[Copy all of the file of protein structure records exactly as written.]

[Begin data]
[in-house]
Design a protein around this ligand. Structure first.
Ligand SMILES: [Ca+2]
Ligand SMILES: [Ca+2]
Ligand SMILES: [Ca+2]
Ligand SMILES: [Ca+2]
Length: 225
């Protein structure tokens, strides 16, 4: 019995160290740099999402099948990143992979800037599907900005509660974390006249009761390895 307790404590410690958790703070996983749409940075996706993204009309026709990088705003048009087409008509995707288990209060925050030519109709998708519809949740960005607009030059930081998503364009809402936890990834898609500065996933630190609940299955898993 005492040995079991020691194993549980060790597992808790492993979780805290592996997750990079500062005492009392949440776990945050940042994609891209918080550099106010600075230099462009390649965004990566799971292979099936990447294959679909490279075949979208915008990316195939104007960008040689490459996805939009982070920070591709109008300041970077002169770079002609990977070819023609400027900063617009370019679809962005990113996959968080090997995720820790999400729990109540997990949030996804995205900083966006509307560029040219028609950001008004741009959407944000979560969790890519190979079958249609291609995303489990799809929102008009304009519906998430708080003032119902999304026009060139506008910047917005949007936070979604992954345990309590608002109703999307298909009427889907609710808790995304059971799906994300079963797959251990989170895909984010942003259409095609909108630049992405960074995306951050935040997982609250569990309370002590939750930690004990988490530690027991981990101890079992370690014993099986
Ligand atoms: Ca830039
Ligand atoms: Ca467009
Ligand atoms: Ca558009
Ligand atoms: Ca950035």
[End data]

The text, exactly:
[in-house]
Design a protein around this ligand. Structure first.
Ligand SMILES: [Ca+2]
Ligand SMILES: [Ca+2]
Ligand SMILES: [Ca+2]
Ligand SMILES: [Ca+2]
Length: 225
């Protein structure tokens, strides 16, 4: 019995160290740099999402099948990143992979800037599907900005509660974390006249009761390895 307790404590410690958790703070996983749409940075996706993204009309026709990088705003048009087409008509995707288990209060925050030519109709998708519809949740960005607009030059930081998503364009809402936890990834898609500065996933630190609940299955898993 005492040995079991020691194993549980060790597992808790492993979780805290592996997750990079500062005492009392949440776990945050940042994609891209918080550099106010600075230099462009390649965004990566799971292979099936990447294959679909490279075949979208915008990316195939104007960008040689490459996805939009982070920070591709109008300041970077002169770079002609990977070819023609400027900063617009370019679809962005990113996959968080090997995720820790999400729990109540997990949030996804995205900083966006509307560029040219028609950001008004741009959407944000979560969790890519190979079958249609291609995303489990799809929102008009304009519906998430708080003032119902999304026009060139506008910047917005949007936070979604992954345990309590608002109703999307298909009427889907609710808790995304059971799906994300079963797959251990989170895909984010942003259409095609909108630049992405960074995306951050935040997982609250569990309370002590939750930690004990988490530690027991981990101890079992370690014993099986
Ligand atoms: Ca830039
Ligand atoms: Ca467009
Ligand atoms: Ca558009
Ligand atoms: Ca950035």